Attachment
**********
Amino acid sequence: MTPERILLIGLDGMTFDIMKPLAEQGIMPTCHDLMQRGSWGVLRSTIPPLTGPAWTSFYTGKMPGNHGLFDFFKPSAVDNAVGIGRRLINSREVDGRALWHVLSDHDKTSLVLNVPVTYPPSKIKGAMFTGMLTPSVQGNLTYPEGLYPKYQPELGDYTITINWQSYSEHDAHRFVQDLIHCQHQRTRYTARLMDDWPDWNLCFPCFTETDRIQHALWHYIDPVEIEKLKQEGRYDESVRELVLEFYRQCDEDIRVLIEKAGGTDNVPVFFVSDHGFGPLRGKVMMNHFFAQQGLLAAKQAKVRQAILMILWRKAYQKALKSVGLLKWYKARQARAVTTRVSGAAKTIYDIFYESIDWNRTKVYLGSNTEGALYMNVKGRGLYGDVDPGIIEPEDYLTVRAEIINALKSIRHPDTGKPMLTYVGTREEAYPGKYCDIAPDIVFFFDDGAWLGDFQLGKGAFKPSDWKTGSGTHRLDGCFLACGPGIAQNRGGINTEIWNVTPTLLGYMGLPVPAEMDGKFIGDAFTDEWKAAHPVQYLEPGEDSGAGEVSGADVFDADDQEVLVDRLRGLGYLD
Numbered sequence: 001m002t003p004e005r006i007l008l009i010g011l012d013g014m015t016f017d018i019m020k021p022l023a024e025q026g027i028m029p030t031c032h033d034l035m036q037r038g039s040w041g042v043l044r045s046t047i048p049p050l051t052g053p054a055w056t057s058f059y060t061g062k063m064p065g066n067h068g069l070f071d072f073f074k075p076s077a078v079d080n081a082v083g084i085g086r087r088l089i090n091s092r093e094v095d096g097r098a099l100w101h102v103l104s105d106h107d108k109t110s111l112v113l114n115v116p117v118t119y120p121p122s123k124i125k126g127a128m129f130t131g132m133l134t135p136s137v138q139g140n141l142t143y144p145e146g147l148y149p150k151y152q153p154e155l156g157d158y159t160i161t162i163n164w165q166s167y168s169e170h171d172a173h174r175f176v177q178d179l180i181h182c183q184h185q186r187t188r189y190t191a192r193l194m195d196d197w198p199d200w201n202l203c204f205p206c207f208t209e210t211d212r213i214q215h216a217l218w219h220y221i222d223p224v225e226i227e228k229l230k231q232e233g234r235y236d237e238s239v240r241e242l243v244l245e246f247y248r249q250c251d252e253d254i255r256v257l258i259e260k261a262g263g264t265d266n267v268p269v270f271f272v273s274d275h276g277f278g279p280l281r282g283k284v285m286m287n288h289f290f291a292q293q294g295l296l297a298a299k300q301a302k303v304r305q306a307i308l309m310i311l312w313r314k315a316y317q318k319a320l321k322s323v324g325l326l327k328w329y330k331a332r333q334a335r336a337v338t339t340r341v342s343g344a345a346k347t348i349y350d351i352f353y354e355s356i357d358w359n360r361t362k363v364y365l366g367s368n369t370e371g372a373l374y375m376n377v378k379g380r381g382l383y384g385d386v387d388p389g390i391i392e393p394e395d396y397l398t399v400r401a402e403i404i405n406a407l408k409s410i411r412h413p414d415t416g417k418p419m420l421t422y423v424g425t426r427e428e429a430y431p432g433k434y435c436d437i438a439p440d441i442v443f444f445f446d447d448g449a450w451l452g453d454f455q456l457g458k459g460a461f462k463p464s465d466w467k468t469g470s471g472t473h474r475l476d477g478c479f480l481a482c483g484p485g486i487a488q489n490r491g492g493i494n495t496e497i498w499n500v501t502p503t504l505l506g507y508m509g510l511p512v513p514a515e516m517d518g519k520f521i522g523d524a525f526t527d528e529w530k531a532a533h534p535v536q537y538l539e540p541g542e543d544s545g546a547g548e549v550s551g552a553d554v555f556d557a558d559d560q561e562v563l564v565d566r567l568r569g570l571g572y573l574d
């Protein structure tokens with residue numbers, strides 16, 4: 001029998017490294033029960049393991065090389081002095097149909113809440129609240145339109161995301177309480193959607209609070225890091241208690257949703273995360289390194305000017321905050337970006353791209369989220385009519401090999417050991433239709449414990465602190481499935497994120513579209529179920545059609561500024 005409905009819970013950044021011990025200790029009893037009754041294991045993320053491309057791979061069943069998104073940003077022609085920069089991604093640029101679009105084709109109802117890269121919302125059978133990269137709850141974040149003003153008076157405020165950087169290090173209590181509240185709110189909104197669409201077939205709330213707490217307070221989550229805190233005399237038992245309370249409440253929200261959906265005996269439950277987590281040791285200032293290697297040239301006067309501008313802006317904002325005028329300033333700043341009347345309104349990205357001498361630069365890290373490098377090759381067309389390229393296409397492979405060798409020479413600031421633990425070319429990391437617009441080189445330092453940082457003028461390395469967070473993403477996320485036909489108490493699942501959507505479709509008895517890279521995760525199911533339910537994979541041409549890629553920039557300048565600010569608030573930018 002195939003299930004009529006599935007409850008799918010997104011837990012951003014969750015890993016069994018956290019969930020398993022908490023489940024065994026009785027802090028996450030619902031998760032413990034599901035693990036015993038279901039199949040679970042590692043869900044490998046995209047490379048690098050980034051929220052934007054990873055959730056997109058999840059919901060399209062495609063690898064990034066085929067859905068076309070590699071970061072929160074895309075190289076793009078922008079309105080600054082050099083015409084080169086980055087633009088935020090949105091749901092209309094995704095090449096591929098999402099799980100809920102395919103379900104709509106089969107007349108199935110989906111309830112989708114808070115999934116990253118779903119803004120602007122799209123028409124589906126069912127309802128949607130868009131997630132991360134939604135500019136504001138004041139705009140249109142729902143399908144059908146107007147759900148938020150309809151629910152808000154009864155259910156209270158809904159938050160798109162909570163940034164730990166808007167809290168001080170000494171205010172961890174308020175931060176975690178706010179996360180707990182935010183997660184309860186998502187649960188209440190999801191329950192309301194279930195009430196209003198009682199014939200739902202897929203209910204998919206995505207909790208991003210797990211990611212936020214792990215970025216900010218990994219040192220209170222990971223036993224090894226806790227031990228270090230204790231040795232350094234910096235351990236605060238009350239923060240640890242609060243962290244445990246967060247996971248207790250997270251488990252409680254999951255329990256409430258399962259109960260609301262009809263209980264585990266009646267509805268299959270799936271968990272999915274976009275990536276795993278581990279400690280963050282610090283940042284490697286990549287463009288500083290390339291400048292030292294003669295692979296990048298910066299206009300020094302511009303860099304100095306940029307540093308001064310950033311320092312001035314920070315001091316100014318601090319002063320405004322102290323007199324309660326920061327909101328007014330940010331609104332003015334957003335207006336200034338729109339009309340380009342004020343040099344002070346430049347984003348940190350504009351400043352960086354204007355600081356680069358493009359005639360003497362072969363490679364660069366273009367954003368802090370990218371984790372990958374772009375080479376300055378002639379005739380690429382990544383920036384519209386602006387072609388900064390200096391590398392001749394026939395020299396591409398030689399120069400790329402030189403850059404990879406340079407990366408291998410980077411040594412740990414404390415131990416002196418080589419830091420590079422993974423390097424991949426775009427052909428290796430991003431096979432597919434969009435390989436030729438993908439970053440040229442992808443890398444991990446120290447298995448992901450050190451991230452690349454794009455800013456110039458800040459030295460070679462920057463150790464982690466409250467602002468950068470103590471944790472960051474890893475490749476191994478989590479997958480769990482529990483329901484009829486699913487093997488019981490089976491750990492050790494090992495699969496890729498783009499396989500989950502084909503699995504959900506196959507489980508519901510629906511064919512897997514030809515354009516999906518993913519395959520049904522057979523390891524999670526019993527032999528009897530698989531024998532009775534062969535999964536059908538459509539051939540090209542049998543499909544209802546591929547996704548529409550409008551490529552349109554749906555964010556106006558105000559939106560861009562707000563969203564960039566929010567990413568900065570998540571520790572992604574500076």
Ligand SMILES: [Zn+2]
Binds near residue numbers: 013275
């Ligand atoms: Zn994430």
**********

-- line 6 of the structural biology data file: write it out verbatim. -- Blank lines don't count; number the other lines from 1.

């Ligand atoms: Zn994430």